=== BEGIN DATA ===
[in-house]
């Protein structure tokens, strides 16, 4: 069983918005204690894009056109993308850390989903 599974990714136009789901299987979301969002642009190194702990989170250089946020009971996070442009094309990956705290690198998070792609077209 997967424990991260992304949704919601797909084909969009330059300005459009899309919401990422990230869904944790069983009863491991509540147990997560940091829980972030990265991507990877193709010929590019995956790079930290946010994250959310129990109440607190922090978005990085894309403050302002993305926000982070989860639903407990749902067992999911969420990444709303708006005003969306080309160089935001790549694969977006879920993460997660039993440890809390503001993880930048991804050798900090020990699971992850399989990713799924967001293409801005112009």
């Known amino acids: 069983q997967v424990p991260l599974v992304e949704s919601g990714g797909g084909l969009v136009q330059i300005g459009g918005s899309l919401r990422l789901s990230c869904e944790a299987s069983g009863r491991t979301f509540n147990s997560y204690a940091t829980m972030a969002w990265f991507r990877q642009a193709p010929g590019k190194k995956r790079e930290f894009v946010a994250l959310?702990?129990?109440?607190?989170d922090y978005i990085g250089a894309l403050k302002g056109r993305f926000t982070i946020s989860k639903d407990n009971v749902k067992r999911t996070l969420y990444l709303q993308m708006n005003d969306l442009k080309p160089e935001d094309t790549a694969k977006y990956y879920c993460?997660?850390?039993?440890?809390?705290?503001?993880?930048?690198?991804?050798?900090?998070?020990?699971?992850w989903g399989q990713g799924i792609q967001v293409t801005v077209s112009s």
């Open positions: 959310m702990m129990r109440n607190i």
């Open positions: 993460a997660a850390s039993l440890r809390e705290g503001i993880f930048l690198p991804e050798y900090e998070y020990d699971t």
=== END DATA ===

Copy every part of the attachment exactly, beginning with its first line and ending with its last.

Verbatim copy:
[in-house]
């Protein structure tokens, strides 16, 4: 069983918005204690894009056109993308850390989903 599974990714136009789901299987979301969002642009190194702990989170250089946020009971996070442009094309990956705290690198998070792609077209 997967424990991260992304949704919601797909084909969009330059300005459009899309919401990422990230869904944790069983009863491991509540147990997560940091829980972030990265991507990877193709010929590019995956790079930290946010994250959310129990109440607190922090978005990085894309403050302002993305926000982070989860639903407990749902067992999911969420990444709303708006005003969306080309160089935001790549694969977006879920993460997660039993440890809390503001993880930048991804050798900090020990699971992850399989990713799924967001293409801005112009």
């Known amino acids: 069983q997967v424990p991260l599974v992304e949704s919601g990714g797909g084909l969009v136009q330059i300005g459009g918005s899309l919401r990422l789901s990230c869904e944790a299987s069983g009863r491991t979301f509540n147990s997560y204690a940091t829980m972030a969002w990265f991507r990877q642009a193709p010929g590019k190194k995956r790079e930290f894009v946010a994250l959310?702990?129990?109440?607190?989170d922090y978005i990085g250089a894309l403050k302002g056109r993305f926000t982070i946020s989860k639903d407990n009971v749902k067992r999911t996070l969420y990444l709303q993308m708006n005003d969306l442009k080309p160089e935001d094309t790549a694969k977006y990956y879920c993460?997660?850390?039993?440890?809390?705290?503001?993880?930048?690198?991804?050798?900090?998070?020990?699971?992850w989903g399989q990713g799924i792609q967001v293409t801005v077209s112009s």
């Open positions: 959310m702990m129990r109440n607190i």
């Open positions: 993460a997660a850390s039993l440890r809390e705290g503001i993880f930048l690198p991804e050798y900090e998070y020990d699971t």